Jump to content


Photo

Georgian Wine Cellar In Virginia

wien cellar kvevri amphora

  • Please log in to reply
4 replies to this topic

#1 George_A

George_A

    Newbie

  • Members
  • Pip
  • 29 posts
  • Gender:Male
  • Location:QC Canada
  • Interests:Georgian wine and technology

Posted 21 February 2012 - 07:38 PM

For the first time, Marani (Georgian wine cellar) was built in the US:



In Georgia, the traditional method of wine production continues to be based on the use of the amphora, called "kvevri" They are usually completely sunken in courtyards adjacent to the houses or in the "marani"- proper masonry wineries. Winemaking techniques, unchanged over the centuries, and long maceration on the skins, pips and peduncles contribute to making the wine fermented in kvevri absolutely unique and incredibly rich in polyphenols and aromatic compounds.

#2 George_A

George_A

    Newbie

  • Members
  • Pip
  • 29 posts
  • Gender:Male
  • Location:QC Canada
  • Interests:Georgian wine and technology

Posted 14 March 2012 - 08:01 AM

I just wanted to share a new video filmed by VirginiaWineTV at Castle Hill Cider who utilize buried Kvevri containers to ferment and age a sparkling apple cider.

http://www.virginiawinetv.com/2012/03/virginia-wine-tv-winemaker-series.html

#3 Tomer1

Tomer1

    Look Out Ernest & Julio

  • Members
  • PipPipPipPipPip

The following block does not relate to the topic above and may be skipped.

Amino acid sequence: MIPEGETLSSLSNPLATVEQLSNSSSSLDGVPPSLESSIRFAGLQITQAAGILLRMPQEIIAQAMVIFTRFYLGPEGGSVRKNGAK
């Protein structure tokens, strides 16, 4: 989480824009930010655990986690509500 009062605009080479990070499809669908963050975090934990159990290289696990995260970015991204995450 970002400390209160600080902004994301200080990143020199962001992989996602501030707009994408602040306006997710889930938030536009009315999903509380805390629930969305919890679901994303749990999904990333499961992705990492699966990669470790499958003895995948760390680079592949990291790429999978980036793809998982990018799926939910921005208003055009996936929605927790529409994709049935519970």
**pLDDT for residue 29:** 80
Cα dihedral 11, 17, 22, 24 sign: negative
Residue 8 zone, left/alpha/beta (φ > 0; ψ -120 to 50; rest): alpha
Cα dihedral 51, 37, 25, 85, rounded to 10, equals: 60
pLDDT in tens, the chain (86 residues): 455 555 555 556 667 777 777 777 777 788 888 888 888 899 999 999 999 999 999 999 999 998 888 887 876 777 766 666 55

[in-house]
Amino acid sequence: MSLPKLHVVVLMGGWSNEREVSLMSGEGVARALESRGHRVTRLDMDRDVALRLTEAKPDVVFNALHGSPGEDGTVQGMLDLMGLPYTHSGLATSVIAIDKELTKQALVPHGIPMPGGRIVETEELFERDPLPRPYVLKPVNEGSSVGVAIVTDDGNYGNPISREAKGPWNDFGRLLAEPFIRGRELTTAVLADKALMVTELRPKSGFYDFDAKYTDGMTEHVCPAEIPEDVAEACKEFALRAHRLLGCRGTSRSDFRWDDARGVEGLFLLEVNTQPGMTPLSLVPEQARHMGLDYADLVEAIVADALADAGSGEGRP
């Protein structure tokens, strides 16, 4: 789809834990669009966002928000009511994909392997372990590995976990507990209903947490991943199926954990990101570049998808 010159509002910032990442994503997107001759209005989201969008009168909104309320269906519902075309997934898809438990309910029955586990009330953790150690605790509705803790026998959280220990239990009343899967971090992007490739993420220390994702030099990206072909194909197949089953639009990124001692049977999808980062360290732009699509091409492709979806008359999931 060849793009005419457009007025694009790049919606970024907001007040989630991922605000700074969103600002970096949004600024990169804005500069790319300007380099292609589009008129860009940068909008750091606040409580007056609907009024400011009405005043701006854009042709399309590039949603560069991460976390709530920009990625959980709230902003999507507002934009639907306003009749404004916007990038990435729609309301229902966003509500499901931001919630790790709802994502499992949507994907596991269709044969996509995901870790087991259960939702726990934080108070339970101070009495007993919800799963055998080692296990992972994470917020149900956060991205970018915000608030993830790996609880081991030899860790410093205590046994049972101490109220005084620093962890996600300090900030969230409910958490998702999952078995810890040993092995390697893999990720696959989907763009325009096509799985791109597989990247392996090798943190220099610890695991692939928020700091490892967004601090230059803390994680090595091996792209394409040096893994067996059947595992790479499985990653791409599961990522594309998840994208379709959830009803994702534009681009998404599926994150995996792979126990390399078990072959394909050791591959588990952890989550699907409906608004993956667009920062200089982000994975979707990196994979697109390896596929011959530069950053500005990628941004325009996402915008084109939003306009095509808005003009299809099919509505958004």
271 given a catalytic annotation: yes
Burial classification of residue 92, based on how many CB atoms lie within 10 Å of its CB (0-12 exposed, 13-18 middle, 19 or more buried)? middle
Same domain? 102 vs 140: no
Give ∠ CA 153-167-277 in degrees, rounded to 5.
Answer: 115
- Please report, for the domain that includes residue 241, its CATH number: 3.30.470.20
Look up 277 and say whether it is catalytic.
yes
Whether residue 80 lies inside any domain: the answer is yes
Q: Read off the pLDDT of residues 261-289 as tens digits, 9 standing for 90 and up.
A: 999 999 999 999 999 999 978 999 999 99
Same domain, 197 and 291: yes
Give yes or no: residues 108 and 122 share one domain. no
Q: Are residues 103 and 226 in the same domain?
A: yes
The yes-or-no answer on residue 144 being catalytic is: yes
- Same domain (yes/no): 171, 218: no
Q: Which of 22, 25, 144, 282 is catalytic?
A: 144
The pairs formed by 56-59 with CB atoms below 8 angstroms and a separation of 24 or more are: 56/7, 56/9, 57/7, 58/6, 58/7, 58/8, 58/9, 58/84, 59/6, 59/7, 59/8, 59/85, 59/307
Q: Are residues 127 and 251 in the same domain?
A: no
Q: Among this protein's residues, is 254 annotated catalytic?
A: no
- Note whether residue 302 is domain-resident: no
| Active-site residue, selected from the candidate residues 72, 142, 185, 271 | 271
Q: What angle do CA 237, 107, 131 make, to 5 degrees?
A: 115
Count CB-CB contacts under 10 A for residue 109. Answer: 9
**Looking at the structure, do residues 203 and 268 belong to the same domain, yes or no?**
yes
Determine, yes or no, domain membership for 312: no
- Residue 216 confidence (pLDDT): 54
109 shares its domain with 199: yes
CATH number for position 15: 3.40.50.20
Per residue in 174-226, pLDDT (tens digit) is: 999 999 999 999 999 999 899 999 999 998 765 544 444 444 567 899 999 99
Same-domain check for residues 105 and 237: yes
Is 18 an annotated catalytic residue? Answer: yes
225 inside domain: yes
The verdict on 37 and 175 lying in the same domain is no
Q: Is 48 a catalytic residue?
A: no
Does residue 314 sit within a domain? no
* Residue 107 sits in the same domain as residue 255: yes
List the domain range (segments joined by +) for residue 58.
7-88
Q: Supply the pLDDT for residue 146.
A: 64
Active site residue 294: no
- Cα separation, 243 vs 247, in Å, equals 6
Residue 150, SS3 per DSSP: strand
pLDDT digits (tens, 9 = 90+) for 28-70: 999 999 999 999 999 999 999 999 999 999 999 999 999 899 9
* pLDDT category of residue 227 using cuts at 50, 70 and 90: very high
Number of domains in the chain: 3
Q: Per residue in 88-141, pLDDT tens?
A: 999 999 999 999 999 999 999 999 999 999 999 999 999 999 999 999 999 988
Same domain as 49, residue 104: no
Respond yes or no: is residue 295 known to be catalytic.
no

• 5398 posts
  • Gender:Male
  • Location:Israel
  • Interests:Music writing\production, cooking, cheesemaking, winemaking, piano playing, sound design.

Posted 14 March 2012 - 04:19 PM

Sounds like an attempt for a niche.
My advice may or may not be backed by actually personal expirience and should be treated as such. :)

#4 George_A

George_A

    Newbie

  • Members
  • Pip
  • 29 posts
  • Gender:Male
  • Location:QC Canada
  • Interests:Georgian wine and technology

Posted 19 March 2012 - 10:01 AM

Sure. Another example -Kvevri winemaking in Izrail- Kadma Winery’s Grand Opening http://yossiswinepag...-grand-opening/

#5 Tomer1

Tomer1

    Look Out Ernest & Julio

  • Members
  • PipPipPipPipPip
  • 5398 posts
  • Gender:Male
  • Location:Israel
  • Interests:Music writing\production, cooking, cheesemaking, winemaking, piano playing, sound design.

Posted 19 March 2012 - 06:57 PM

They only ferment in them which is ashame because most israeli wines taste very simmilar (all warm climate style).
aging in earthware might have given it an interesting twist but perhaps business wise it wasnt doable.
My advice may or may not be backed by actually personal expirience and should be treated as such. :)




0 user(s) are reading this topic

0 members, 0 guests, 0 anonymous users